The pages are also filled with the encircled words she does not understand, with an impressively straight line ending in an arrow that points to the definition as it is explained to her—either by Mirriam-Webster or a brighter roommate. “Gauzy” (“thin, light”); “Audible” (“loud enough to be heard”); “Harlequin” (“traditional comic ch.”). She sometimes gets these definitions wrong, like “Auburn,” whose arrow explains “White;” sometimes, her definitions are puzzling, like when she writes “In ancient times, an unbreakable stone,” next to “Adamant.” Why did she choose the etymological definition of the word? Was this an extremely helpless mind or an unfathomable genius?

More disturbing still are her summations of the text. This is the essay’s first line: “I am worried about the woman. I am afraid she might hurt herself, perhaps has already hurt herself—there’s no way to know which of the return dates stamped on the book of poetry was hers.”

Next to it, the bubble writing reads “Cares for others.”

Another paragraph down: “There’s no way to know for certain that the phantom library patron is a woman, but all signs point in that direction.”

The student writes “Then why worry if you don’t even know its [sic] a woman.” The absence of a question mark suggests a tone. You know it. It’s that vacant, slurring, dismissive voice that undergrads have adopted en masse—the one that puts question marks? Where they shouldn’t be? The one that makes the now-blameless 1980s Valley Girl “oh my gawd!” into a mentally challenged “uh-eye-gahw.”


The way kids speak these days!

At the bottom of the first page, our Voltaire writes “The author can relate to the mystery woman,” and on the next, after a list of the author’s history with reading Sylvia Plath, Keats, and Shelley, the girl has written, as if struggling to make meaning: “Very into poems.”

“Stymied” —–> “Frustrated.” Which is what I’m becoming as I move through the text, now unable to concentrate on McClanahan’s foray into self-discovery through the literate habits of a stranger, thanks to the inane chatter of this half-wit with the bubbly penmanship. As the essayist describes her lonely college days, in which her dearest friends were the people who’d used her textbooks before her, exploring the clues left by them—a pizza sauce stain on a map of South America, a misspelled “orgassm” between the sentences of John Donne’s “The Canonization”—I can’t help but feel fortunate that I had a social life (too much of one, if we’re honest about it) when I was a freshman. I also can’t help but feel cheated: I wasn’t assigned any John Donne. I also was never assigned any Tolstoy or Dostoevsky. I’ve read (and performed) plenty of Chekhov, but I feel bereft. I’d gladly trade my To Kill a Mockingbird experience for The Brothers Karamazov, and now that I’m older and my brain is damaged from trauma and checkbooks and housework, I worry I don’t have the attention span for it.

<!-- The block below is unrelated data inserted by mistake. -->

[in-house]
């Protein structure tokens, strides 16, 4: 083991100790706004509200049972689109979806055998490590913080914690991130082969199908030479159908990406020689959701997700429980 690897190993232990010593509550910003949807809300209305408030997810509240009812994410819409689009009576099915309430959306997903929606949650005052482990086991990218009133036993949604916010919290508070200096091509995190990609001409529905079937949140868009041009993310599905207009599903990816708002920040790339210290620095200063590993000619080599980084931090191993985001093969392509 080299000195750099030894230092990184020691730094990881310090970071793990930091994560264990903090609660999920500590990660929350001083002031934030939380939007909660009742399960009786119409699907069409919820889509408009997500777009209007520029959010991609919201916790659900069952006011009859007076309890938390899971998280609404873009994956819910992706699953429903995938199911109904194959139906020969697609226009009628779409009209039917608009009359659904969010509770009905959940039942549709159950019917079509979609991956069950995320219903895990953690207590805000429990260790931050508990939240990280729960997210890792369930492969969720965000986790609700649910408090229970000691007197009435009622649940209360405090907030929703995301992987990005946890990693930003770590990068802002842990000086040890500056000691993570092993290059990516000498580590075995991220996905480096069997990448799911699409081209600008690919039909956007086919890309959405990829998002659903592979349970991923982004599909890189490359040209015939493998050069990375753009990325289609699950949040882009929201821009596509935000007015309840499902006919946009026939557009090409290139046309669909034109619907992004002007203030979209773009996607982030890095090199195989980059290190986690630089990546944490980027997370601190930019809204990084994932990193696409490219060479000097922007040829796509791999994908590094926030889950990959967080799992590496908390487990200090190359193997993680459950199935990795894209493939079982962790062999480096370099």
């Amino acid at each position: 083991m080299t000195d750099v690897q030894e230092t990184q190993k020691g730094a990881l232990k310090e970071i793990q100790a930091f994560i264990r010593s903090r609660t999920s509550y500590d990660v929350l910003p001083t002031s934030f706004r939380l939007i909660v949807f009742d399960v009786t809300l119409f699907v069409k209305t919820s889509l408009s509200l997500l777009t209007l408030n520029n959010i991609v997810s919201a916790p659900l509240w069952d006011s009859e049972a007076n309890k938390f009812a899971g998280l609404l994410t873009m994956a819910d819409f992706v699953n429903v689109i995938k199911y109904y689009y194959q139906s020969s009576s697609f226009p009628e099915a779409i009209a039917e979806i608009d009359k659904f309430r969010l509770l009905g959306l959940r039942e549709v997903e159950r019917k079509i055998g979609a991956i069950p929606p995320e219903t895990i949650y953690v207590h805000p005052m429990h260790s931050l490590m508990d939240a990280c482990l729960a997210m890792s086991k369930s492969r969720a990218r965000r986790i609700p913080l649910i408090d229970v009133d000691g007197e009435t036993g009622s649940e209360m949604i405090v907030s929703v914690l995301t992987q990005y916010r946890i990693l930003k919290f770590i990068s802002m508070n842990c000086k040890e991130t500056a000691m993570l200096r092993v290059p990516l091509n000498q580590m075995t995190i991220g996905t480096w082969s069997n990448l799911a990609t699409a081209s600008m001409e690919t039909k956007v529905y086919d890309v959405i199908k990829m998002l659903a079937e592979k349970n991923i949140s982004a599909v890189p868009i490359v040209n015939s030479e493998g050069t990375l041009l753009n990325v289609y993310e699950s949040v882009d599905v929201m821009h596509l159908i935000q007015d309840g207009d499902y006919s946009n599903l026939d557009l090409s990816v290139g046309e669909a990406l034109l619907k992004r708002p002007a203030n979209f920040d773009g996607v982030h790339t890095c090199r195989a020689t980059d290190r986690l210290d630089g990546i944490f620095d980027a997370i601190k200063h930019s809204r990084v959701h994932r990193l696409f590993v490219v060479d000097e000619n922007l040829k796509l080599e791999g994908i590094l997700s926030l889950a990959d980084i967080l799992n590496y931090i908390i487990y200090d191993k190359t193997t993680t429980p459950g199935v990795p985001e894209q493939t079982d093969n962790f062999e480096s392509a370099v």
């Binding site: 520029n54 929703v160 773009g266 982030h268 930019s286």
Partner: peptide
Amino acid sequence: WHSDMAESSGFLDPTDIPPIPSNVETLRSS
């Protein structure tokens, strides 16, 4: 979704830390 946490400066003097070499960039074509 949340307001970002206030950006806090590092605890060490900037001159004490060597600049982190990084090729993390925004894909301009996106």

In other words, I’m afraid this is as good as I’ll get.

I wonder if this girl felt the same way, for even a second, before scribbling “thinks beyond & gives questions to story” as if she is trying to assemble clues, not about a previous reader, as does the essayist, but about the author herself; as if struggling to understand what makes a writer care. About something like words.

By the end of the piece, I have absorbed nothing of McClanahan’s essay but an uncharitable feeling towards today’s youth. Mind you, I’m “today’s youth” to many. I’m sure they overhear my conversations with my friends on the phone, my vulgar “fucks” and “douchebags,” the quacking “mah!” that I use to express dissatisfaction, and think language is dead in America. By the end of the piece, I can relate to the Denise Levertov poem that inspired this essay: though grey-haired (here and there, in certain light), I am no wiser.

I am angry with the world, for what has been lost, for where it is going; but more, I am afraid. Around me, businesses spend hundreds on signs that misuse an apostrophe; “there” and “their” and “your” and you’re” are so often blithely interchanged, that it threatens to become the norm. Even my educated peers tell me to leave it alone, that it has always been this way—the masses will change the language and we have to let it go. When Chaucer wrote Canterbury Tales, scholars balked at the use of the popular form of English that they found trashy and revolting. They called it “Middle English,” which was a pretty horrible insult. Mind you, this is the English that preceded the English of Shakespeare, Abraham Lincoln, and Virginia Woolf. If any of these fine people were to stand behind me in line at Target, they’d bury their face in their hands and sigh, “What’s the world come to?” But yeah, Canterbury Tales was to the 14th Century what NWA was to 1988.

Towards the end of the essay, McClanahan begins to distress about the mental/emotional well-being of the reader before her, who seems to have derived support for her suicidal state in lines like “gradual stillness” and “fumes/swirled in our heads and around us.”

Next to it, the girl has written “She does as the woman (maybe she is the woman).”